Christine Stuart file photo

(Updated 1:45 p.m.) With the state budget and other priorities taking precedence, some at the Capitol doubted there was enough time to institute paid family leave, but a group of lawmakers remain hopeful.

Asked by a reporter last week how big of a priority paid family leave is for the the legislature, Gov. Dannel P. Malloy said: “I don’t think it’s necessarily our highest priority this year. Getting a budget done is a very high priority, getting transportation started is a very high priority.”

Rep. Peter Tercyak, D-New Britain, who co-chairs the Labor Committee, remained hopeful the bill will get a vote this year. He said Tuesday that he’s drafting an amendment that would eliminate most of the cost to the state and expects there to be a vote in the Appropriations Committee soon. He said there’s still time left to get a vote on the proposal, but he is aware the clock is ticking.

The push to institute paid family leave — which allows workers to earn income if they take time off for illness, to have a baby, or to care for sick family members — has been gaining traction in Connecticut and beyond.

“We’re obviously very proud to be the first state in the nation to pass paid sick days and if the legislature passes something, we will carefully review it,” Devon Puglia, the governor’s spokesman, said Monday.

While Connecticut has a state Family Medical Leave Act and there also is a federal FMLA, both of which allow workers to take a leave without the fear of losing their jobs, the time off guaranteed under those acts is unpaid.

Earlier this year, the Labor and Public Employees Committee introduced H.B. 6932, which aims to establish a Family and Medical Leave Compensation Program that would give eligible employees up to 12 weeks of paid leave from their jobs.

The bill passed out of the Labor Committee in March by a 9-3 vote and was tabled for the House calendar in early April.

Under the bill, workers would contribute a percentage of their weekly earnings to a Family and Medical Leave Compensation Trust Fund. In turn, should employees need to take a medical leave to care for themselves or a family member, they would receive 100 percent of their average weekly earnings up to a maximum compensation of $1,000 per week.

The bill also would reduce, from 75 to two, the minimum number of employees that makes an employer subject to FMLA in Connecticut, meaning more businesses would have to abide by it. It would also expand the definition of “family member” so workers can take leave to care for grandparents, grandchildren, and siblings.

“Paid family need is critical to women and men throughout Connecticut,” said Christine Palm, communications director at the state Permanent Commission on the Status of Women. “Most of the people eligible for extended leave through FMLA can’t afford to take it and so some form of compensation — employee-funded, at no cost to taxpayers — would allow Connecticut residents to spend time with their spouses after a stroke, with their teenager who’s been in a car crash, or to care for themselves as they go through chemotherapy treatments.”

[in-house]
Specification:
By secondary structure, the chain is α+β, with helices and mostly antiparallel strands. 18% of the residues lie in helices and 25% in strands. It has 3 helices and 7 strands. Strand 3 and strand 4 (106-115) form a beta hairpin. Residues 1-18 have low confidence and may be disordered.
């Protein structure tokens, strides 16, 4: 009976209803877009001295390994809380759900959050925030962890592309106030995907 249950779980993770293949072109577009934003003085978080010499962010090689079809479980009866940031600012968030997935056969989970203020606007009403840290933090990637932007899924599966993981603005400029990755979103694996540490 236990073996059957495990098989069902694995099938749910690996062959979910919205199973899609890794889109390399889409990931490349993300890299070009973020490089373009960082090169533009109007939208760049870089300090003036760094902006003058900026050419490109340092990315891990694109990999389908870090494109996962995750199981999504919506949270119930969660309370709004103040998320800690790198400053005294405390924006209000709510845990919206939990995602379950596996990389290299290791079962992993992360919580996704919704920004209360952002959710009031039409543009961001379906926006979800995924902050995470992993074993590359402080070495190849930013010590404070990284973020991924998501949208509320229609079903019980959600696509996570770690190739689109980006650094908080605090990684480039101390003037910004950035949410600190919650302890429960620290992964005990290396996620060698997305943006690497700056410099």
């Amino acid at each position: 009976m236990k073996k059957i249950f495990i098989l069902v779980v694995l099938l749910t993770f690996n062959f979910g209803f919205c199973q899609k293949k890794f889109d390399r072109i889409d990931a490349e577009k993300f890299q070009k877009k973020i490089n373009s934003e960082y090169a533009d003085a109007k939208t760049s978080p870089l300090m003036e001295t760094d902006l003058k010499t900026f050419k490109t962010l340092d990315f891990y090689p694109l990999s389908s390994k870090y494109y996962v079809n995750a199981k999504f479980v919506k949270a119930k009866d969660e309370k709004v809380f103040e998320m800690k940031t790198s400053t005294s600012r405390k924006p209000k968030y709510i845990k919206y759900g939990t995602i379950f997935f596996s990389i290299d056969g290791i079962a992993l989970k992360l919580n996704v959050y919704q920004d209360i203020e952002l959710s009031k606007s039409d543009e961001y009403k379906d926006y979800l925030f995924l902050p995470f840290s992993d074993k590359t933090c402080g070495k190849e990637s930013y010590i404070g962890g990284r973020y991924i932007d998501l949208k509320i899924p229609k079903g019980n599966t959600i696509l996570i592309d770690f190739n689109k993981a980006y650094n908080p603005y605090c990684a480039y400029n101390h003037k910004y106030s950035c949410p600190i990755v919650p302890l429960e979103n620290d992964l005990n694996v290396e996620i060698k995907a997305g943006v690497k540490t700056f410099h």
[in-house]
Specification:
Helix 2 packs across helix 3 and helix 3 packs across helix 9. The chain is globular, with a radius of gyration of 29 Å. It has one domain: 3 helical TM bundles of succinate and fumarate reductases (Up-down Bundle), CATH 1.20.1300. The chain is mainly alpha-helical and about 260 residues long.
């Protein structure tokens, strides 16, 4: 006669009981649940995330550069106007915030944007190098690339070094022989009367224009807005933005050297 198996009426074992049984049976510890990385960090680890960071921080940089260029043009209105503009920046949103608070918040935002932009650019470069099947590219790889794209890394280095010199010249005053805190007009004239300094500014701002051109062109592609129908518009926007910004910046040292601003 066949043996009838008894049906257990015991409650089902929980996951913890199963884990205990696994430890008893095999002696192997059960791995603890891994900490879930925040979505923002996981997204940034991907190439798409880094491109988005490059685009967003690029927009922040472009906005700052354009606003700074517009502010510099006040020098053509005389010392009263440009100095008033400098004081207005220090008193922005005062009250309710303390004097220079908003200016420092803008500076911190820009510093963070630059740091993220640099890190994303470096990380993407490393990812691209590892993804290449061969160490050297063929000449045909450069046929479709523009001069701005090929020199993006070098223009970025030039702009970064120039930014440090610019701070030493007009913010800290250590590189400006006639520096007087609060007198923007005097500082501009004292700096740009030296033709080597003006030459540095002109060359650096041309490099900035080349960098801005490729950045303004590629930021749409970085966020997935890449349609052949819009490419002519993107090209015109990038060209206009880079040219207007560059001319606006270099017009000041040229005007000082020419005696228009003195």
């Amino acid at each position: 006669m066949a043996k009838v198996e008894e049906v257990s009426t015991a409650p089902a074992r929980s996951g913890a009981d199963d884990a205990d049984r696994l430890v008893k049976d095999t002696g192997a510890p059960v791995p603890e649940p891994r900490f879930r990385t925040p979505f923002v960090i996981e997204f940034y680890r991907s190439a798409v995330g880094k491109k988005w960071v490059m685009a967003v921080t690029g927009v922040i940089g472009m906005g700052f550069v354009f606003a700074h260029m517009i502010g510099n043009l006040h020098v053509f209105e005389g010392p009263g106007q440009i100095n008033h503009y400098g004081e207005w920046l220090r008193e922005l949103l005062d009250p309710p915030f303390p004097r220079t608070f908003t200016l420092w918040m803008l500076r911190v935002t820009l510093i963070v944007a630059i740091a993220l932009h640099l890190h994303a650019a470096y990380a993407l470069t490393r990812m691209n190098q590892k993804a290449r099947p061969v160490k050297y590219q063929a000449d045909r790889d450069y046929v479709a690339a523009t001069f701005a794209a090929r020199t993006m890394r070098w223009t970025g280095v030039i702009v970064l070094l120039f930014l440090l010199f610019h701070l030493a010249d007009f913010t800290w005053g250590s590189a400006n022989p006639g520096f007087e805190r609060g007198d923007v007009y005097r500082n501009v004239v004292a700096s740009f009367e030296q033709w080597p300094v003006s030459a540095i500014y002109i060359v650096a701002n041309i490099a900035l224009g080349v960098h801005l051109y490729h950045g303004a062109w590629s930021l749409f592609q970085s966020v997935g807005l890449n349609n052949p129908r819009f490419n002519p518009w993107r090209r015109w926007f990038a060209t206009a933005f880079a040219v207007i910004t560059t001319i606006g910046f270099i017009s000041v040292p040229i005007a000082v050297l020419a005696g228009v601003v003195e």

While changing the law would not cost taxpayers directly, it would cost the state millions of dollars, according to the Office of Fiscal Analysis.

Among other things, the bill would increase the number of state employees out on leave, according to OFA. Currently, between 3 and 6 percent of executive branch employees are on family or medical leave at any given time, according to the office, and the state averages about 1,000 new applications for leave monthly.

If passed, the legislation would bring additional costs to state agencies that have large numbers of employees, according to OFA, like the departments of Correction, Emergency Services and Public Protection, Children and Families, Mental Health and Addiction Services, and Developmental Services.

The OFA analysis found the bill would cost the Department of Labor $4.8 million in 2016 and $13.4 million in 2017.

Tercyak said there will be an initial cost to get the program up and running, but he expects to eliminate most of the cost to state agencies. He was unable to offer specifics about exactly how that would happen.

Under current law, Connecticut’s FMLA covers workers if there are 75 or more employees at their workplace and they have worked 1,000 hours during the prior 12 months, not including vacation, holidays, or sick leave.

The state FMLA, in its current form, allows up to 16 weeks of unpaid leave per 24-month period, or 24 weeks for state employees.

When it comes to the private sector, the Office of Fiscal Analysis estimated that there are currently 3,127 employers with 1,054,635 employees covered by existing FMLA law; it is projected that the bill would expand coverage to 98,000 employers with about 1,666,400 employees.

In 2013 the legislature passed a special act that created a task force to study the feasibility of creating a system that would provide short-term benefits to workers who needed to take medical leave.

It is an important thing that impacts people during times of need as well as during happy occasions, such as when they give birth or adopt, Palm said.

“Paid leave is gaining momentum nationally because people know it applies to us all at some point in our lives,” Palm said. “We hope our elected officials understand that Connecticut has the opportunity to become a leader in a paid family leave policy, just as we were with the original passage of the FMLA here in Connecticut.”